It's strange how you can often identify a country by the quality of its printed advertisements. In the last few years I've been living all over Asia, and at this point I could be dropped in any city across the region and guess where I am after looking at just a couple of ads (without looking at the language, that is).
Mongolia is crazy basic, with un-UV-protected print ads fading quickly in the sun. The distinctive Cyrillic characters just add to the worn out cool factor. Thailand hasn't seemed to have grasped the fact that photos need to be suitable for large format printing to look good on a blown up scale. Their ads are pixellated as hell, and they love to use fonts that make the Thai alphabet even more unreadable.
Japanese and Korean ads, of course, look just like any western country, though they love to use digital signage for everything since they like to think they're living in a Bladerunner future.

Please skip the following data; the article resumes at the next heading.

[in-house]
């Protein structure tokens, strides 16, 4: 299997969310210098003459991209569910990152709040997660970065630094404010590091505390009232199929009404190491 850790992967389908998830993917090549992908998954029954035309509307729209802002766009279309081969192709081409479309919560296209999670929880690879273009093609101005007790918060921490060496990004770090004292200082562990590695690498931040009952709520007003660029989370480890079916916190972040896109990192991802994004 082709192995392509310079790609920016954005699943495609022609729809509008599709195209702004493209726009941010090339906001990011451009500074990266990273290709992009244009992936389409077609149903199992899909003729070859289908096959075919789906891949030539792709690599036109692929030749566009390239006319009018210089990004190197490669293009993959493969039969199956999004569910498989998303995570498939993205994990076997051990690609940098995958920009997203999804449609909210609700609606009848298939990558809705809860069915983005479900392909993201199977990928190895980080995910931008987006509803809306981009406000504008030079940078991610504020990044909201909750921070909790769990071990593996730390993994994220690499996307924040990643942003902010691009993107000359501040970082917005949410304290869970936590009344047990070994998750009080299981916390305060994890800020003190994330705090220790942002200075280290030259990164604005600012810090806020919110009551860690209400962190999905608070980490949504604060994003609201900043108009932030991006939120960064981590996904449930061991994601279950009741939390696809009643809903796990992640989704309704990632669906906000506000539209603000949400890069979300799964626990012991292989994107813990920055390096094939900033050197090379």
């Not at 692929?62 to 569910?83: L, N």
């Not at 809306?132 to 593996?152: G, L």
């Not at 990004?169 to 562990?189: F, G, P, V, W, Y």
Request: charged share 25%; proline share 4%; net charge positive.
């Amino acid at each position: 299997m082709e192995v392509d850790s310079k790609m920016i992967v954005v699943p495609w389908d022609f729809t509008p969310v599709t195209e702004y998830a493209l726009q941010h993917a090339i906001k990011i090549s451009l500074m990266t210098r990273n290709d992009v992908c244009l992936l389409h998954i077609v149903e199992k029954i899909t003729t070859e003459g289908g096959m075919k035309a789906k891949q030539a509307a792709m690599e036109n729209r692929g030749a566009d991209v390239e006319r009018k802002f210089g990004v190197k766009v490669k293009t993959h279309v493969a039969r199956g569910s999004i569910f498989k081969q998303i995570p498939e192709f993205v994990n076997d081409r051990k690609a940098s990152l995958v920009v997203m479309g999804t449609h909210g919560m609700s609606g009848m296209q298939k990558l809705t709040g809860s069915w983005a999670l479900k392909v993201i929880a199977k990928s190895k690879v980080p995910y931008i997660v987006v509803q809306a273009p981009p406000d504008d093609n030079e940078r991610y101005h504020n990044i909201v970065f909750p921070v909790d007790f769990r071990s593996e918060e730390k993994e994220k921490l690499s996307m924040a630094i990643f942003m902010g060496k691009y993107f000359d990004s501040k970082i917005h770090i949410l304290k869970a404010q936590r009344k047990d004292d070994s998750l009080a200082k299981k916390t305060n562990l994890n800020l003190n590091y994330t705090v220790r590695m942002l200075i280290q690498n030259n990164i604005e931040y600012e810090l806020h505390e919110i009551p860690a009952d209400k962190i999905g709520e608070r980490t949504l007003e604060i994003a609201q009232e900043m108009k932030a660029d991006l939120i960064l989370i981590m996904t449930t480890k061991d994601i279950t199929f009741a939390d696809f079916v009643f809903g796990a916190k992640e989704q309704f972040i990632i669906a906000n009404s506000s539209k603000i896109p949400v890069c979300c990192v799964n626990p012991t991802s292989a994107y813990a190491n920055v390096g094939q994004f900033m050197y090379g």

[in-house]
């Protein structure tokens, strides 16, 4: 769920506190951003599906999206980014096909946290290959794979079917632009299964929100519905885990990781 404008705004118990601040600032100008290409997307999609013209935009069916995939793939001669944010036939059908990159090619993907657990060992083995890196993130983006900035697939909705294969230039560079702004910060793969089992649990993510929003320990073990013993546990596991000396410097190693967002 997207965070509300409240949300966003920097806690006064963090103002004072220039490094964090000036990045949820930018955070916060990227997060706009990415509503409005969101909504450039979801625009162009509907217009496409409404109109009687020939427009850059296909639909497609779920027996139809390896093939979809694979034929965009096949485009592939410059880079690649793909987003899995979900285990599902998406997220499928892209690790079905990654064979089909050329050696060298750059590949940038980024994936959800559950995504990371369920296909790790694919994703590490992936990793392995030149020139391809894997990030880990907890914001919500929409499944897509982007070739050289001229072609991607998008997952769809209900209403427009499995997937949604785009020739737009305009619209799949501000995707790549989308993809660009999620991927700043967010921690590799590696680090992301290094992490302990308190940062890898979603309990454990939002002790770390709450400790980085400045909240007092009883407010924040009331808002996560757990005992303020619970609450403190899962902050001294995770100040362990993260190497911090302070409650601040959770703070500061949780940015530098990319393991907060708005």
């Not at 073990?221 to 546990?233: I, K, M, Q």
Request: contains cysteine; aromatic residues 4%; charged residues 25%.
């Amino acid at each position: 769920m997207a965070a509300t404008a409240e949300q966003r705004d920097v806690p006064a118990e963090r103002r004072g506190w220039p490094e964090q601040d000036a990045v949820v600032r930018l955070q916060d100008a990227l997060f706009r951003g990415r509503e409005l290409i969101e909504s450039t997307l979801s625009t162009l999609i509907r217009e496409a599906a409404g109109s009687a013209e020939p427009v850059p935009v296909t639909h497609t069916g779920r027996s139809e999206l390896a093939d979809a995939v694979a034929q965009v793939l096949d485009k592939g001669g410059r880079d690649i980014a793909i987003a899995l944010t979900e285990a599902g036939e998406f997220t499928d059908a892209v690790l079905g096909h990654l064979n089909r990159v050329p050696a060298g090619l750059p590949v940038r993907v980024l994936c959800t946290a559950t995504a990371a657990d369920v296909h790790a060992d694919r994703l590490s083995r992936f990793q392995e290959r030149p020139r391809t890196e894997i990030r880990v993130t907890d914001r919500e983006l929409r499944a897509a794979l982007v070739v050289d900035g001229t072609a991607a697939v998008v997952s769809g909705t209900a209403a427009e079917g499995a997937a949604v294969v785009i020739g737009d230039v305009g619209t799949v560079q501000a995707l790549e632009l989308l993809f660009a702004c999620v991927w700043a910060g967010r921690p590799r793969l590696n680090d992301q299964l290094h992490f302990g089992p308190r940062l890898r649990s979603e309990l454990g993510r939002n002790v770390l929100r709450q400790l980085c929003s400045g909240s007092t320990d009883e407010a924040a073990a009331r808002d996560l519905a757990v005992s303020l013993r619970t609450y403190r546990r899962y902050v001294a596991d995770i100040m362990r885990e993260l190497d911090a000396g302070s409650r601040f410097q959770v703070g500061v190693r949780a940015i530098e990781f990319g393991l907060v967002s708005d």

In the US it's a little different. Duratrans as far as the eye can see. I know a company that does Duratrans printing in San Francisco, and they must be coining it. If you don't know, Duratrans is the generic term for backlit images, and the Americans just eat it up. With good reason, too, as it looks damned cool. If you're looking for Duratans printing Los Angeles you should check out the link for a few examples of what I'm talking about.
So, what do the ads look like in your country? Can you beat Duratrans, or are your national ads closer to the faded Soviet style of the Mongolians?